I can’t, in good conscience, recommend the most expensive group in a company’s lineup just to build a travel bike, but there’s no doubt it has made travel easier while also allowing me to land in a foreign land and have just the bike I need for whatever terrain I encounter. That said, I travel with two sets of tires.

The Red eTap Hydro group goes for $3209. Based on what I’ve seen so far, it’s showing up most often on bikes from custom builders, and while that doesn’t justify or condone cost-is-no-object purchases, but it’s easier to weigh the purchase if $500 either way isn’t going to make the difference in whether someone buys a bike or not.

Clearly, this isn’t a group everyone needs. And while there are people who get outraged at $3000 wheelsets, cycling, comparatively, is an inexpensive sport. Try buying a plane, or blowing a $12,000 dragster engine on the start line of a race—as a former boss of mine did. Honestly, I think that the fact that we participate in an activity where we can have the very finest equipment made without resorting to a five- or six-digit loan is pretty cool.

Final thought: All I need is a tiny solar panel.

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  1. scott g.

    E-Tap hydro is a bargain, if you have to pay a mechanic to route cables on the latest
    aero/tt/tri bike with gawd awful cable routing and 11 speed, that requires faffing
    with cable adjustment every ride.

    Hydro discs are necessary for those $3000 carbon clinchers which will barely stop
    after a year of use, less if ridden in the rain with rim brakes, which probably suffer
    from the same awful cable routing. (see above)

  2. Dave King

    I’ve been interested in E-Tap largely for the promise of NO shifter cables/housing/wiring ever again.

    I’m not outraged at the price. It’s more than I’m willing to currently pay … it’s just the world we live in. Also, I get tired of the “I could buy a bike/two bikes/etc for that!”

  3. Mick Lowe

    One problem with SRAM disc brake systems is that they use DOT brake fluid unlike Shimano, Campagnolo and many others that use mineral oil. Brake fluid is a highly toxic hazardous waste.

    1. Winky

      Phialm: Mineral oil is much less toxic and corrosive than DOT brake fluid. Both should be disposed of properly.

    1. Brian

      You can display gear changes on all the electronic systems via garmin and i imagine Wahoo as well. I did note that di2 is bit quicker to display gear changes than Campy EPS.

  4. MCH

    I’m really intrigued by this group. After many years wrenching in shops and on my own bikes, wireless shifting seems liberating. I get that it’s better than the other SRAM groups, but how is it compared to the other e-groups?

    1. Author

      Once you get used to the shifting, which is to say it’s distinctly different from Shimano, it becomes ultra-intuitive. It’s a more natural way to think of rear shifting and works better with full-finger gloves. That said, I wish I could do a dead shift for the front derailleur; I do miss that because I have made some bad front derailleur shifts at times because I was mistaken. All that said, I love Di2 and I’m perfectly happy with either group.

  5. Mike E.

    E-tap is going on the next bike I build (which will be sort of my bucket list road bike), though I am leaning towards the non-hydro version and using TRP Hy/Rd disk brakes. Since I have my own PM/crankset, I would just need the shifters, blips, and derailleurs from the e-tap group.

    1. Author

      The Hy/Rds are nice brakes, but if you live in a place with a lot of elevation change, I’d go for the full hydraulic system.

    2. Dave Rudnicki

      Mike, I put regular E-tap on my Colnago this summer, using the Campy Record crank, Record rim brakes, KMC chain and Campy 11 speed cassette. It shifts and brakes perfectly so your plan is the way to go. One minor issue is getting the wheelset with 25mm tires off due to the Campy brakes but I just use the barrel adjuster and all is good, minor inconvenience. Best part of the lever which is not mentioned often is the reach adjustment. I have average length fingers and set it in two turns and it makes braking so nice on long downhills. As Padraig mentions, the shifting is intuitive and so nice, 5 minutes and you get it. I found DI2 shifter paddles too small and too close together that I often did mis-shifts on the right shifter especially with gloves on in the spring or fall.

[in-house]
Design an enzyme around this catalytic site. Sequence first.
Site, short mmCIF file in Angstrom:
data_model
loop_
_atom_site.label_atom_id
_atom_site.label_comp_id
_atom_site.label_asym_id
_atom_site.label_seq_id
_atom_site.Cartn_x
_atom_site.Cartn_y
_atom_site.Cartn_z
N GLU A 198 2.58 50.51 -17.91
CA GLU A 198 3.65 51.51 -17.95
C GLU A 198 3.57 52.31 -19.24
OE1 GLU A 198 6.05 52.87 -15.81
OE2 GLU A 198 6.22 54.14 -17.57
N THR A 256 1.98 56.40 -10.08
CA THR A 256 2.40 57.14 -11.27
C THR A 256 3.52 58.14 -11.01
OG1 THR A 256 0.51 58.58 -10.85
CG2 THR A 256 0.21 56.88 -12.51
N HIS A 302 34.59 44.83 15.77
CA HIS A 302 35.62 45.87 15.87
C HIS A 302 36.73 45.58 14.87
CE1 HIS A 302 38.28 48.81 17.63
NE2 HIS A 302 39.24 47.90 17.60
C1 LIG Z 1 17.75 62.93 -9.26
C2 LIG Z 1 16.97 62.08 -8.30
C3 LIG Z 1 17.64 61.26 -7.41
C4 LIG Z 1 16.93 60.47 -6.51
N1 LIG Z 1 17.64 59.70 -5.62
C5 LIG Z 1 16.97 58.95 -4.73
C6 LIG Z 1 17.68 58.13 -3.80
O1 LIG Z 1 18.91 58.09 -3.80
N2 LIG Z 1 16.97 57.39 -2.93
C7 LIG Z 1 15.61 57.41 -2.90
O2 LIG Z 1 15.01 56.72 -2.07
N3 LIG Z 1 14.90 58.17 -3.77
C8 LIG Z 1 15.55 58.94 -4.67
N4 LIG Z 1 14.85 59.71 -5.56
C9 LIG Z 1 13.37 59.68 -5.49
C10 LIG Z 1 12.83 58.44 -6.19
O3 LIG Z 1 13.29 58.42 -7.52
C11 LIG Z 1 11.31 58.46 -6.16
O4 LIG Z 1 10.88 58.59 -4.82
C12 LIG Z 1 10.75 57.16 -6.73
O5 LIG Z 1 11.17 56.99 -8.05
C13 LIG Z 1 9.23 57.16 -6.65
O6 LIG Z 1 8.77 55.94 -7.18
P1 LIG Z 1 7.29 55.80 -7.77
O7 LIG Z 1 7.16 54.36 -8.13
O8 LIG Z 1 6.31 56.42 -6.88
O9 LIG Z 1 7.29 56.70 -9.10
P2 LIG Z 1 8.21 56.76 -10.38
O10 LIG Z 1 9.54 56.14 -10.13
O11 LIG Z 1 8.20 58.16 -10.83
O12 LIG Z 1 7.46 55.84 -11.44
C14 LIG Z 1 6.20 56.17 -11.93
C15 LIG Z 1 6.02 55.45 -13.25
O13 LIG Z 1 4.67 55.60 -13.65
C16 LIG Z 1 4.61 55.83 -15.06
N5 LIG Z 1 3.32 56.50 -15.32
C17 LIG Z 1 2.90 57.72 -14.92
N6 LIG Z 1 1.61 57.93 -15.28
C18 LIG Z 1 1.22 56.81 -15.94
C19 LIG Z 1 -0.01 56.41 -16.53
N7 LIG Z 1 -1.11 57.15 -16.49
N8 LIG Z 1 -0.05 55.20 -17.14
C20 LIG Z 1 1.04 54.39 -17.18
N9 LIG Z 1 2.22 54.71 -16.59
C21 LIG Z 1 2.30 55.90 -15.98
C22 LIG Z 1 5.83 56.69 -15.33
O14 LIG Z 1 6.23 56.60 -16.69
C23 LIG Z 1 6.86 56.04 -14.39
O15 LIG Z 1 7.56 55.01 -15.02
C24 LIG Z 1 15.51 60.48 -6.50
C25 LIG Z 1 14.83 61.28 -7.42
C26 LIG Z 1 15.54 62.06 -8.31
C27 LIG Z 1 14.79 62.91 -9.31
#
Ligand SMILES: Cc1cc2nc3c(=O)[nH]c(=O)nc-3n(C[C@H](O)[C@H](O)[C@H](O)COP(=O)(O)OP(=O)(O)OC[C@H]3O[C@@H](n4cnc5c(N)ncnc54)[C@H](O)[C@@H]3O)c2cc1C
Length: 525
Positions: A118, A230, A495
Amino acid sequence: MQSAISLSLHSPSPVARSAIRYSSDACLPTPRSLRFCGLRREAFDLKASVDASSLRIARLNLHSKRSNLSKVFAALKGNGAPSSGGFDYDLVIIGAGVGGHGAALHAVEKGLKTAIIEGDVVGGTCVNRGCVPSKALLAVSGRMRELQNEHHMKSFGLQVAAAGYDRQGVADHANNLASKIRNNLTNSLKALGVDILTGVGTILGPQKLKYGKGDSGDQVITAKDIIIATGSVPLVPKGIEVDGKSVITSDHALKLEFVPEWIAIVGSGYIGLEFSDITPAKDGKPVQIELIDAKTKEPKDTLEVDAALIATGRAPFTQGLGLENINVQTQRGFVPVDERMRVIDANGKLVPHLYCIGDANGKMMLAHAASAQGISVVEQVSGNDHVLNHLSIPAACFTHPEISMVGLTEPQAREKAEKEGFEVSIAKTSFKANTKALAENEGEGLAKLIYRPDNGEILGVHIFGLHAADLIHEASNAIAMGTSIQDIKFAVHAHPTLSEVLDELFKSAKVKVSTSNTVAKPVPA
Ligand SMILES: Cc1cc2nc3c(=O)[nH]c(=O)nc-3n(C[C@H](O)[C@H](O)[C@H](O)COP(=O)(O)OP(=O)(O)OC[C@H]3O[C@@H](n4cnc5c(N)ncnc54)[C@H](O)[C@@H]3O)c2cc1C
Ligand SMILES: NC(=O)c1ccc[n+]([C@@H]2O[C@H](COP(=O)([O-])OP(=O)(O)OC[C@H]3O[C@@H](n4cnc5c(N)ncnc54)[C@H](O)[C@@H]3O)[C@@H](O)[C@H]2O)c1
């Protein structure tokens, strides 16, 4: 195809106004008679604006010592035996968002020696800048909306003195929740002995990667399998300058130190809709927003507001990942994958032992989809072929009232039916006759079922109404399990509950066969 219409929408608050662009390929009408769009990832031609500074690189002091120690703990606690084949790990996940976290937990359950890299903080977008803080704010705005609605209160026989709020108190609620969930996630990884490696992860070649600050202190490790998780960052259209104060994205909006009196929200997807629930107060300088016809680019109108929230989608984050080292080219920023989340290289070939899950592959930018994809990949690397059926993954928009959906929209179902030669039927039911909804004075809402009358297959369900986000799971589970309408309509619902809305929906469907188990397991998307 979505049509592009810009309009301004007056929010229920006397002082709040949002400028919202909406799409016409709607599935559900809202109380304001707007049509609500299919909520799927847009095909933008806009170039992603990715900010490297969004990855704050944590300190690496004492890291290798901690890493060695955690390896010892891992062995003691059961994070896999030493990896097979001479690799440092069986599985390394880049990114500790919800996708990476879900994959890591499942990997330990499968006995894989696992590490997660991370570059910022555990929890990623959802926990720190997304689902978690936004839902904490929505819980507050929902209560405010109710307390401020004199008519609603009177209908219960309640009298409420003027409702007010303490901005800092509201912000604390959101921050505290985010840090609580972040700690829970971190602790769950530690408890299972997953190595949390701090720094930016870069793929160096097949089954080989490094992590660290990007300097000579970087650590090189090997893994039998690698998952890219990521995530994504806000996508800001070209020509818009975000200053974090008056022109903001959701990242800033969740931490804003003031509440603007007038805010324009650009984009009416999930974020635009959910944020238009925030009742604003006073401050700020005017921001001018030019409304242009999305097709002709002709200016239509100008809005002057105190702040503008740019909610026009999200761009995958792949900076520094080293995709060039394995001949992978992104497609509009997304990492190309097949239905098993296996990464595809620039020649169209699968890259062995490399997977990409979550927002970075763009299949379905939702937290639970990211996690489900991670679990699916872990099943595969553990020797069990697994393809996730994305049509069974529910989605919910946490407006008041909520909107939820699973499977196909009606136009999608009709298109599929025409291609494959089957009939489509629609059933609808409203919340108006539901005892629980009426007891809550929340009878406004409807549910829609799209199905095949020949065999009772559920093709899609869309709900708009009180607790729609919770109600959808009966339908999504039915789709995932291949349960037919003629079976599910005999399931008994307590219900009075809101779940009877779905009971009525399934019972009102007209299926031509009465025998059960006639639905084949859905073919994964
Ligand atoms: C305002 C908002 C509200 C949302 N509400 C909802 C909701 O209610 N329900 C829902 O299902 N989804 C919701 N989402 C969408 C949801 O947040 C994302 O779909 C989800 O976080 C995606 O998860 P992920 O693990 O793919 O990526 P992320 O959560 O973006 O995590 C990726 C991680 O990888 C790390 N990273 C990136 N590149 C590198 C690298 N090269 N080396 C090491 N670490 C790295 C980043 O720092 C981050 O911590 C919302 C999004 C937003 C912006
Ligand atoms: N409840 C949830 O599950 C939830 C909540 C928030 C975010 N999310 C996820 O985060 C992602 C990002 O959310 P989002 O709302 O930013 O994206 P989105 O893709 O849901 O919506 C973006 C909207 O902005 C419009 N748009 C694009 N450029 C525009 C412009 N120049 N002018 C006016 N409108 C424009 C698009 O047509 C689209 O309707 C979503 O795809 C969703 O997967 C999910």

6. Winky

    1) I would definitely select a groupset based on the lever/hood shapes. I would NEVER have contemplated the previous Sram groupsets for that reason. These new ones look just fine, though.

    2) The potential for wrong-way shifts of the front derailleur seems like it would be an issue for me. I could see myself routinely shifting to the big ring at the start of a ramp, when what I really meant to do was shift the other way. I often “forget” what ring I’m in.

    3) Would much prefer to not have to deal with DOT brake fluid.

  7. John

    How wide a tire can you run with your eTap FD on your gravel rig, Padraig? Gerard at Open had a post about the eTap FD battery interfering with >40c tires.

    1. Author

      My Seven Airheart was built to accommodate ~40mm tires. I’ve got the tubeless version of the MSO X’plor on there right now. I’ve got zero clearance issues, though that might change if I was riding in Belgian mud.

    2. Author

      Also, I should mention that I have greater clearance issues with the Di2 front derailleur on the Allied Alpha All Road. I can only run a 38mm tire on it due to clearance issues. It’s evident that frame design can influence clearance issues to some degree.

  8. Fuzz

    I am very leery of Sram hydraulics after 7 years with Elixirs on my MB. It was very difficult to change pads, and they did not stay in adjustment for very long. In a Lennard Zinn post earlier this year, a rider wrote in about the same issues with his Sram road discs. When they were adjusted, my Elixirs worked great. But then I got Shimano hydraulics on my new road bike. They just worked flawlessly all the time, and I didn’t have to fuss with DOT fluid. So I put XT hydraulics on my MB and have never looked back. I will say I liked the idea of the E-Tap shifting so much that II programmed my Di2 to mimic the left down, right up paddle shifting. And now that I have synchro shifting, the front ring is taken care of for me.

    1. Author

      My experience with SRAM disc brakes on the road is completely complaint-free. I’m aware of the issues some riders have noted, but I have to say, in their defense, that I have yet to have a single issue with their brakes.